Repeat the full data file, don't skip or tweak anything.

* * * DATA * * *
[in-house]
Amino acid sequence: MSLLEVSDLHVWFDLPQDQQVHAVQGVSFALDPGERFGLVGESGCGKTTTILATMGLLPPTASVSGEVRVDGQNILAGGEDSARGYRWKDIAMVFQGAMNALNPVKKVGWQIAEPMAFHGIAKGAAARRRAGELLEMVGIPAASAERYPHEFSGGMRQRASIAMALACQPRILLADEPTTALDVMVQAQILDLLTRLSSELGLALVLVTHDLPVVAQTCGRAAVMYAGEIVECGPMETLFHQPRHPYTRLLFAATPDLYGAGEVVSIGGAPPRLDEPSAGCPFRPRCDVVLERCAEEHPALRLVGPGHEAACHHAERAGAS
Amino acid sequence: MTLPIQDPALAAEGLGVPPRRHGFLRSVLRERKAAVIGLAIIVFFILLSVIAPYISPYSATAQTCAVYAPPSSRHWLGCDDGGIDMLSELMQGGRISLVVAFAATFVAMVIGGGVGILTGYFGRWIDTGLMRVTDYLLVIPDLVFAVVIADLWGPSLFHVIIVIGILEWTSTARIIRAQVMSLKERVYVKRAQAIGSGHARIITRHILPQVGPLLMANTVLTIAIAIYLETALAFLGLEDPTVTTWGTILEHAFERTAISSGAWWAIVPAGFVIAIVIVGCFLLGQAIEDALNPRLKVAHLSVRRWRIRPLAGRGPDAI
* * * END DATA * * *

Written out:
[in-house]
Amino acid sequence: MSLLEVSDLHVWFDLPQDQQVHAVQGVSFALDPGERFGLVGESGCGKTTTILATMGLLPPTASVSGEVRVDGQNILAGGEDSARGYRWKDIAMVFQGAMNALNPVKKVGWQIAEPMAFHGIAKGAAARRRAGELLEMVGIPAASAERYPHEFSGGMRQRASIAMALACQPRILLADEPTTALDVMVQAQILDLLTRLSSELGLALVLVTHDLPVVAQTCGRAAVMYAGEIVECGPMETLFHQPRHPYTRLLFAATPDLYGAGEVVSIGGAPPRLDEPSAGCPFRPRCDVVLERCAEEHPALRLVGPGHEAACHHAERAGAS
Amino acid sequence: MTLPIQDPALAAEGLGVPPRRHGFLRSVLRERKAAVIGLAIIVFFILLSVIAPYISPYSATAQTCAVYAPPSSRHWLGCDDGGIDMLSELMQGGRISLVVAFAATFVAMVIGGGVGILTGYFGRWIDTGLMRVTDYLLVIPDLVFAVVIADLWGPSLFHVIIVIGILEWTSTARIIRAQVMSLKERVYVKRAQAIGSGHARIITRHILPQVGPLLMANTVLTIAIAIYLETALAFLGLEDPTVTTWGTILEHAFERTAISSGAWWAIVPAGFVIAIVIVGCFLLGQAIEDALNPRLKVAHLSVRRWRIRPLAGRGPDAI